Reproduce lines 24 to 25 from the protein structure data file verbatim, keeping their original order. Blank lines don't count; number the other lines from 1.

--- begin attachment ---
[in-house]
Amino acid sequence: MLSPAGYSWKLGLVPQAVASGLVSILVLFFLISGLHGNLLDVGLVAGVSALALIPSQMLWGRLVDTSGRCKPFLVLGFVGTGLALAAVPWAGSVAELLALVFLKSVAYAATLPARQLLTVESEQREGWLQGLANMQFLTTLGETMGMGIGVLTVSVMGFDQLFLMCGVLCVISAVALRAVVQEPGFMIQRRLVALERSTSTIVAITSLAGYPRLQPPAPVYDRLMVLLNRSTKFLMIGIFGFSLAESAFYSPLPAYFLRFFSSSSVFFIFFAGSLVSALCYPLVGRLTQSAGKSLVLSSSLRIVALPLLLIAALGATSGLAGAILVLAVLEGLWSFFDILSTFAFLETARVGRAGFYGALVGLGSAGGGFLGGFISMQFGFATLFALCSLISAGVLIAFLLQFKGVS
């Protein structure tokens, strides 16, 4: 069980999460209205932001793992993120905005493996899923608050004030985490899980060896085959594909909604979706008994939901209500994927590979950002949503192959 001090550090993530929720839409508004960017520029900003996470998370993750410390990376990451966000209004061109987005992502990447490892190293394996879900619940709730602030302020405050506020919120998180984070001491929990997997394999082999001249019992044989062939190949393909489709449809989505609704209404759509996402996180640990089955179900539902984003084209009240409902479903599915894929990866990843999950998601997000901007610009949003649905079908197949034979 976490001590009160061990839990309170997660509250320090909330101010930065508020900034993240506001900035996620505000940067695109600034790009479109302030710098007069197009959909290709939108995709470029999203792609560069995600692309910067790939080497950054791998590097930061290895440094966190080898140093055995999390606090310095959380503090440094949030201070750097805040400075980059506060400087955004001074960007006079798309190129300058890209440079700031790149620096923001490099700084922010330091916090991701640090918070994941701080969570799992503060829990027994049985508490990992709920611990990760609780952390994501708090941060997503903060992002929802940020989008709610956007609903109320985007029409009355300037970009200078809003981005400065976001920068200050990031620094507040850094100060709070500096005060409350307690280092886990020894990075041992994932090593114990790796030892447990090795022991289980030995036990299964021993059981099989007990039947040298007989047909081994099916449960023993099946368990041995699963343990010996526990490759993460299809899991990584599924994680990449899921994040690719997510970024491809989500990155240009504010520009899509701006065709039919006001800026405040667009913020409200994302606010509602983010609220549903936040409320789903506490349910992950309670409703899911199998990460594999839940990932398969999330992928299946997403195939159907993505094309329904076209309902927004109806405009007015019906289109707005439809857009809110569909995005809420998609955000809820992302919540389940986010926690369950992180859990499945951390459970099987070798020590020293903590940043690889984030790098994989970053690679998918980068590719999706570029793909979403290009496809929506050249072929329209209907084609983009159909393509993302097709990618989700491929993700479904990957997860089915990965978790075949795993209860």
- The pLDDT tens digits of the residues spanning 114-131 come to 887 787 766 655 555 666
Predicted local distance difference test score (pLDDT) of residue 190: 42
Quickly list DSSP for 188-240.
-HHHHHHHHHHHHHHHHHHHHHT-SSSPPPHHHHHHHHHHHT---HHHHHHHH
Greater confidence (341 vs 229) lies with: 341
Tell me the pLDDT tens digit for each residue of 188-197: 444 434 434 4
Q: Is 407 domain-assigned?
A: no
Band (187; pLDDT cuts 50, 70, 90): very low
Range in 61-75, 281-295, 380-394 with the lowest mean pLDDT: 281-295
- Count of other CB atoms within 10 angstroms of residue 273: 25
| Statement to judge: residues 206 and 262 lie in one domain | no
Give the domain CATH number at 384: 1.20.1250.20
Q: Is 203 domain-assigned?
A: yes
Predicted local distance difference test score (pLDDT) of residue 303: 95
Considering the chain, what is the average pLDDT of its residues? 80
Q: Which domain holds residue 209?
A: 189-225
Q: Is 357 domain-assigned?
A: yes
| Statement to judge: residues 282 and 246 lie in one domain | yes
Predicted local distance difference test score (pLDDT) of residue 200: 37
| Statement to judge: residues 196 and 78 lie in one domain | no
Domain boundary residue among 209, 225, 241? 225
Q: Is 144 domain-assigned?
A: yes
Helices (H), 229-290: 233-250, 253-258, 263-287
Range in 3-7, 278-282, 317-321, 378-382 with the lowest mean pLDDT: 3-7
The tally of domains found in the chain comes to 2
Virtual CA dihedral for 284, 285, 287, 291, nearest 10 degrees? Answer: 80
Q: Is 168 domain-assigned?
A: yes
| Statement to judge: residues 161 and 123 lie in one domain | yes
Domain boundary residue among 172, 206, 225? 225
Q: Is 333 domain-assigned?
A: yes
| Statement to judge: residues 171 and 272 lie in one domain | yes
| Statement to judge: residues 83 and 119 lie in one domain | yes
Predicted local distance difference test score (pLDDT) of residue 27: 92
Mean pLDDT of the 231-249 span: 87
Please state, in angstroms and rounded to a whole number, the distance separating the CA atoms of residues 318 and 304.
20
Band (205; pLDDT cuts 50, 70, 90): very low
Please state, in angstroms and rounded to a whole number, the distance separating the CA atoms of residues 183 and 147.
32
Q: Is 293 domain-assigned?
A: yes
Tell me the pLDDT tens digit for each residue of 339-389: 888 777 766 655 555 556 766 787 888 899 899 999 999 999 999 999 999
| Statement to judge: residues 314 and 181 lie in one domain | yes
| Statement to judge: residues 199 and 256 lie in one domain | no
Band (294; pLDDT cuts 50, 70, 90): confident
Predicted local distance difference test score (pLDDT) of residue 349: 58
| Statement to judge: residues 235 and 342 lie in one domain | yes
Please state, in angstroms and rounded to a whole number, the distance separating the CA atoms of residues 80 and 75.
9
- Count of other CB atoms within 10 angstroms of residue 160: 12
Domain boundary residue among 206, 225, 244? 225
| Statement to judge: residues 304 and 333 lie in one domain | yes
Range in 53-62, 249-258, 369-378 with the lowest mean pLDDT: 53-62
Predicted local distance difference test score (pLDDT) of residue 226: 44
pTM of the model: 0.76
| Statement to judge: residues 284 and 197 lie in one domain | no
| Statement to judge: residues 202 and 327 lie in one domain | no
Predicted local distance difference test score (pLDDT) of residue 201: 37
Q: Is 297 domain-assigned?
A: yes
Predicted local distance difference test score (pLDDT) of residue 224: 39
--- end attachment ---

A: yes
| Statement to judge: residues 282 and 246 lie in one domain | yes